How many peeps does it take to screw in a light bulb in a dealership service department? Let’s calculate, a factory expert to determine the appropriate bulb (new national factory VP), a parts person to locate the almost unheard of bulb, a porter to locate the now concealed ladder, a service manager to explain how to do the job, a volunteer ladder climber to replace the bulb, a generous good-body to steady the step-up, a general manager to take credit for doing the act, a call center plebe to catch a phone-in while it’s being done, and an owner to ensure the damn ladder gets put back where it belongs. That would be nine participants, almost to government specs!
Virginia, personnel expenses are out of control for too many service (or other) operations. Support staffing and their related overhead in proportion to actual productive producers (wrenchers) is at the highest level in dealership history. Go back thirty years and the ratio was .4 support scrubs to 1 tech, so a ten-tech shop only staffed four support personnel. That would be a do-it-all manager, two do-it-all ASMs, and an admin/porter/gofer/whatever.
Of course, the usually technical ASMs owned the customers, warranty flowed freely, vehicles weren’t generously cleansed, impatient waiters were few, 5:30 p.m. was considered a late closing, and Saturdays were half-day at best, if opened at all. Service managers were writing, working on vehicles, cashiering, phone answering, getting beat up, or cleaning something up – and shallow, time-wasting, no-point meetings were few and far between. Every day was a blur of applied activity; but it felt good from my perspective.
“Do current-day dealer service operations need all these extra peeps to survive, or is the opposite happening?”
There were far more dealer locations (about 70%), a lot more mid-sized and smaller shops, and customer satisfaction surveys consisted of four to-the-point customer-retention-driven questions – on the high side. High schools regularly conducted auto shops as an important elective, and youngsters began tinkering with cars and trucks as soon as they were tall enough to see through a split grill. The workings of cars and trucks were a passion to large parts of society.
Setting a service appointment meant leaving the vehicle for the day, then catching a ride with a friend or a family member to and from. Getting a shuttle ride was just for those few loners / losers with no networks or clan. The primary dealer employee benefits were you got to keep your job if you did it and your attitude right every day, and the bonus was a paid week or two off a year – otherwise you were at work making “good” happen and off the streets.
What the hell happened?
The dealer count collapsed thanks to several serious financial recessions, continuously increasing factory purchase demands (i.e. training, tools, facility improvements/changes, vehicle models which no one wanted, etc.), a disproportional growth in business-related costs, rising costs of consumer expenses – especially related to additional “gotta-have-it” stuff (i.e. cell phones, electronics, Internet, etc.), vehicles which didn’t need money-making service expenditures till the second owner who went somewhere else, growing heady competition (i.e. quick service centers), government mandated employee benefits, inflated payplans, satisfaction surveys which planted more and more unrealistic customer expectations, and a diminishing gross profit per vehicle – currently almost a sad joke. All the while overall dealer net to sales dribbled down from an acceptable (not great) 5 to 8% to a measly 1 to 1.5% for many franchises, an investment only an over-imbibed individual would consider investing in late one night.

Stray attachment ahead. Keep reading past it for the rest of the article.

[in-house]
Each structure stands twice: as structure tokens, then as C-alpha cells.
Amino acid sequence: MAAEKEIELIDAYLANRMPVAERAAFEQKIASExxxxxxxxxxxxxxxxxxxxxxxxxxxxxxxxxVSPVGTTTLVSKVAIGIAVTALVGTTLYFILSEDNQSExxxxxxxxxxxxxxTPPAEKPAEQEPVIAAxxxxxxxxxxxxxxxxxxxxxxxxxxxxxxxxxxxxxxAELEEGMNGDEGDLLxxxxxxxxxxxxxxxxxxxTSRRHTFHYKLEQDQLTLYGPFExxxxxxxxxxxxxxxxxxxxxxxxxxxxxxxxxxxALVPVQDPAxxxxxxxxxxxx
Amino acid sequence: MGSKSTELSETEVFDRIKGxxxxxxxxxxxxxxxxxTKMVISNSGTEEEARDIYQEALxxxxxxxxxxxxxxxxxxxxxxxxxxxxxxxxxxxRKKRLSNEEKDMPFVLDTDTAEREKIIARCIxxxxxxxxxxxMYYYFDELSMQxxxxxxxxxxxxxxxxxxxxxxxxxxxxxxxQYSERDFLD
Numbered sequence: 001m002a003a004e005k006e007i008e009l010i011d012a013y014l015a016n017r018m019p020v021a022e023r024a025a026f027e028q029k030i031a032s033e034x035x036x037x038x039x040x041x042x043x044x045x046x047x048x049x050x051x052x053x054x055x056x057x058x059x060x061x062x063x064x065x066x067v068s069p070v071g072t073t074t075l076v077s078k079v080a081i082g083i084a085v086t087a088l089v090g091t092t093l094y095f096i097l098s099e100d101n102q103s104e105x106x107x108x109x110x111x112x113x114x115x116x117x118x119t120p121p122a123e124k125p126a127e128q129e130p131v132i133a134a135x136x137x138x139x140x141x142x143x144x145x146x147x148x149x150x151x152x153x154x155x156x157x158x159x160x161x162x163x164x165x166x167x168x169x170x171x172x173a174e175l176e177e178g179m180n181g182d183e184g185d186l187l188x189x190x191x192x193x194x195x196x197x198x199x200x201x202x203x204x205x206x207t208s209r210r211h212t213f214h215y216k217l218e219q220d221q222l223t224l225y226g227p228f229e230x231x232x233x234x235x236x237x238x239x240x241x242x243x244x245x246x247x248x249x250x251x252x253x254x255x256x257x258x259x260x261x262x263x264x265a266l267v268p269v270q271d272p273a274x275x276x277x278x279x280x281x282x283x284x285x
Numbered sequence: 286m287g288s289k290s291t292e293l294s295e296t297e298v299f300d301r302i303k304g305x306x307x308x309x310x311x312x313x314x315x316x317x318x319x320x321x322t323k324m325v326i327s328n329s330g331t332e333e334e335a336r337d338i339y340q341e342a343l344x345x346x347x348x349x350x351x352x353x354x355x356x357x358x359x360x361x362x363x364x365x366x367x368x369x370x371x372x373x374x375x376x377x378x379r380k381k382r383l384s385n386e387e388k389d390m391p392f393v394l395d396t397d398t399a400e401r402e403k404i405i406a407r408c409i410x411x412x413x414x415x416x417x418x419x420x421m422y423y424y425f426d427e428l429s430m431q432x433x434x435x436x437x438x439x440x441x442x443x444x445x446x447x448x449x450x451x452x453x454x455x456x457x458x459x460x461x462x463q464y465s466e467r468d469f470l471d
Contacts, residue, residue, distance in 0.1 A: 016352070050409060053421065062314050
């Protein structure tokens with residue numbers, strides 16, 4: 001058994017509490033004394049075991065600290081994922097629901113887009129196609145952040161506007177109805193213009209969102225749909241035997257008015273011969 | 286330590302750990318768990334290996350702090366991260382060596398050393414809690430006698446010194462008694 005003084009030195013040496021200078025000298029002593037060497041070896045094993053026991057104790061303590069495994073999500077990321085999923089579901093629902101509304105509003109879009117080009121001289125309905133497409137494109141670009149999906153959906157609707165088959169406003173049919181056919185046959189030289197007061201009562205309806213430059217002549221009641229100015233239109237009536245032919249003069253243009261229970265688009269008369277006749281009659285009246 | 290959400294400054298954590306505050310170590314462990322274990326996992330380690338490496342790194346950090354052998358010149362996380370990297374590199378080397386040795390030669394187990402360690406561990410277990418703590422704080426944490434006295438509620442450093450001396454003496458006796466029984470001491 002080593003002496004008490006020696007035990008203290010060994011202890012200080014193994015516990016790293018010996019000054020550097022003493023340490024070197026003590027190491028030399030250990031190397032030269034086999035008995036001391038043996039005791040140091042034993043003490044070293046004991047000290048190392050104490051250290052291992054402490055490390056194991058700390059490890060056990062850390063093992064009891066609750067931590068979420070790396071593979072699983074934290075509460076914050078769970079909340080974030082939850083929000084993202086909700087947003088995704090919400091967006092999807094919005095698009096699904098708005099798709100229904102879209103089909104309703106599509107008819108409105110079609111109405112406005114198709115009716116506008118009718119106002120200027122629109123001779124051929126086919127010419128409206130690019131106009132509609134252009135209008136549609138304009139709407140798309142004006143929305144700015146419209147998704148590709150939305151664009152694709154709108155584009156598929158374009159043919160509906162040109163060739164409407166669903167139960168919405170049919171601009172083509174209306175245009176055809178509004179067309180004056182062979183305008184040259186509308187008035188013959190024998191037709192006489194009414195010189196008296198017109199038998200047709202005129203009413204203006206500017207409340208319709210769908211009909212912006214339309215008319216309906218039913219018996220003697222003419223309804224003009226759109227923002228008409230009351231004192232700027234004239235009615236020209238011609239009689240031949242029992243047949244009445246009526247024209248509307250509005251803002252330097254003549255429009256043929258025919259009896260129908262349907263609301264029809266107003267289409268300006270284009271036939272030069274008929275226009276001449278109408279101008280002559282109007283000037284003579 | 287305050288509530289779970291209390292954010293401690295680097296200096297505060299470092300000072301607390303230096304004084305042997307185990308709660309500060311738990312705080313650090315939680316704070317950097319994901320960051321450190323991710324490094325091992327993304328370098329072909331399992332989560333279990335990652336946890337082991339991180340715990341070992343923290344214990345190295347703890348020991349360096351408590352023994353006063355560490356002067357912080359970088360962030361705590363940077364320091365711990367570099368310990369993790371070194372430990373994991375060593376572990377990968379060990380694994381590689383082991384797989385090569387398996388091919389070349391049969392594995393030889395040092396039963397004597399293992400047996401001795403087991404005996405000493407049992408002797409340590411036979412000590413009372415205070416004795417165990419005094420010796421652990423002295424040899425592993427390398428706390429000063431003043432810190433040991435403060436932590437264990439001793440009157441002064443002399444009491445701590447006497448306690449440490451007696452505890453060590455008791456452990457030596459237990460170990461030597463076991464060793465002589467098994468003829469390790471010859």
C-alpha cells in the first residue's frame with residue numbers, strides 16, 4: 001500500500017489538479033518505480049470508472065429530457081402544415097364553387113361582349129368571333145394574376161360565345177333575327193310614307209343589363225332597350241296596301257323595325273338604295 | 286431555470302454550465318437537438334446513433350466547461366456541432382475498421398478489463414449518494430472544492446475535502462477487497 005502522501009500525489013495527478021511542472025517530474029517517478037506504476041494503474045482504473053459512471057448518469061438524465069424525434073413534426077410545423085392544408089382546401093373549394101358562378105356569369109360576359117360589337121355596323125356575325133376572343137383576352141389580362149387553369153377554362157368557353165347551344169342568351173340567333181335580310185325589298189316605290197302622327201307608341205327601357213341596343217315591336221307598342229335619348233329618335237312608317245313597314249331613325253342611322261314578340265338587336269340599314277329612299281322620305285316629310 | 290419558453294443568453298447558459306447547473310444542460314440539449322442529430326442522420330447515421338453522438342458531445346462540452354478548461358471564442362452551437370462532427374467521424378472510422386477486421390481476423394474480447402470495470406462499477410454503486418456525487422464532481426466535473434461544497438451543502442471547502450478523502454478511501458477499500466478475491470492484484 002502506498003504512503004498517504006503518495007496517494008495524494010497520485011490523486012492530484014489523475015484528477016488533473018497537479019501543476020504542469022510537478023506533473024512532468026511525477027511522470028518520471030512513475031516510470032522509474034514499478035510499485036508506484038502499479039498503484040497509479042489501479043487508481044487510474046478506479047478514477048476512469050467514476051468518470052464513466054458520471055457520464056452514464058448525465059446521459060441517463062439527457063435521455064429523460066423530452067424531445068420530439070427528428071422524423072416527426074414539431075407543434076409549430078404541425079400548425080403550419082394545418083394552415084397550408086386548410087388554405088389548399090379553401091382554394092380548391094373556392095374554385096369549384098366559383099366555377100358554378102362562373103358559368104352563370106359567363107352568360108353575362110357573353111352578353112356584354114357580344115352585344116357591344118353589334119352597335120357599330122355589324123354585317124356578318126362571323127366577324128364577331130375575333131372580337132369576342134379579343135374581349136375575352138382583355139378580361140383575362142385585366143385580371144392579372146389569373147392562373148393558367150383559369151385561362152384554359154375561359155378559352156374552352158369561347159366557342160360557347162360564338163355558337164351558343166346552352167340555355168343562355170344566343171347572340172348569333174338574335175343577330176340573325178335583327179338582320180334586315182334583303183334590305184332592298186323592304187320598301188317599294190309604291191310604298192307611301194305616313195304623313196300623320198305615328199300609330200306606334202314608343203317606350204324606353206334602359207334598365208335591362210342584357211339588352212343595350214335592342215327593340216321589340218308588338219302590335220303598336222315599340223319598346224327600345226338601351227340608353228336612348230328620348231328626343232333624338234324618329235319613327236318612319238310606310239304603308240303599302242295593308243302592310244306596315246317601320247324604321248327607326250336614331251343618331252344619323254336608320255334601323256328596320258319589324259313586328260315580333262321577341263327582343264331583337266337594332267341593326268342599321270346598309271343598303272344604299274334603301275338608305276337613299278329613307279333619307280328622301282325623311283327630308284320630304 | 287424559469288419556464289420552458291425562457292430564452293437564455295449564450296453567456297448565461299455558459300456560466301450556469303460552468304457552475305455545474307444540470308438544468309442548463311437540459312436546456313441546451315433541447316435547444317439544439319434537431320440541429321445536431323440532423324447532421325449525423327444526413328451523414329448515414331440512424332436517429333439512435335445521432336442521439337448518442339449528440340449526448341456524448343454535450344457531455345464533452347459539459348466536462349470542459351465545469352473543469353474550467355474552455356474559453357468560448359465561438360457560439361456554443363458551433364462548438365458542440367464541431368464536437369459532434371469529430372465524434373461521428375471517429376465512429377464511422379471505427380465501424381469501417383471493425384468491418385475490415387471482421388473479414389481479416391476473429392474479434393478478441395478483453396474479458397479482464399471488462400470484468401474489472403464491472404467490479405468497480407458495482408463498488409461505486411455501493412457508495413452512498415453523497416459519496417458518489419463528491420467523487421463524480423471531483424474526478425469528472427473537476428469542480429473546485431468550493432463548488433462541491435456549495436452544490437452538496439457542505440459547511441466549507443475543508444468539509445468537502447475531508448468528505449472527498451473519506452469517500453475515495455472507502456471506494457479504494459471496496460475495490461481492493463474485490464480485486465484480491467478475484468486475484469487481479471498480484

As time marched forward, there was a perceived need to staff more dealer service personnel to meet the competition’s success, while also reducing service pricing and related gross profit. Introduced, not necessarily in this order were full-time, service cashiers, vehicle washers, call center/business development personnel, shuttle drivers, porters, greeters, dispatchers, parts runners, warranty administrators, and suddenly the need for fixed operations directors.
Fat city now
Direct personnel expense sans benefits, which once floated in the 20 to 25% of gross profit range with labor rates in the $30’s, have grown to over 45% of the service gross profit in too many cases, leaving little room for other growing expenses, and at least some profit. The question has to be posed: Do current-day dealer service operations need all these extra peeps to survive, or is the opposite happening? How fat can personnel expense be and still survive?
I have had the opportunity to visit a lot of dealer service operations over the years and I have found support staffing to be quite variable for the same number of producers. It is quite noticeable that many of today’s DMS programs have made the appointment / reception / updating / delivery process more complex and paper-driven than need be – I have to smile thinking about the early intro to computers and software – “Paper soon will be eliminated, yeah right!” Software developers in general appear to not be educated or exposed to the actual needs of dealer service ops, which also vary from franchise to franchise and market to market.
A study for you
About five years ago I developed an Excel spreadsheet which examines tech and support staffing and related budget options. I have updated it, and you may have it just by writing to me at EKovalchick@Dealer-Communications.com. Put this on the subject line: “Service Staffing – How Many Do I Need Buco?” and I will get it to you as soon as I receive your fine note. Some have written to me that they had trouble reaching me through our magazine email address. I will have more thoughts on this impactful subject in coming columns.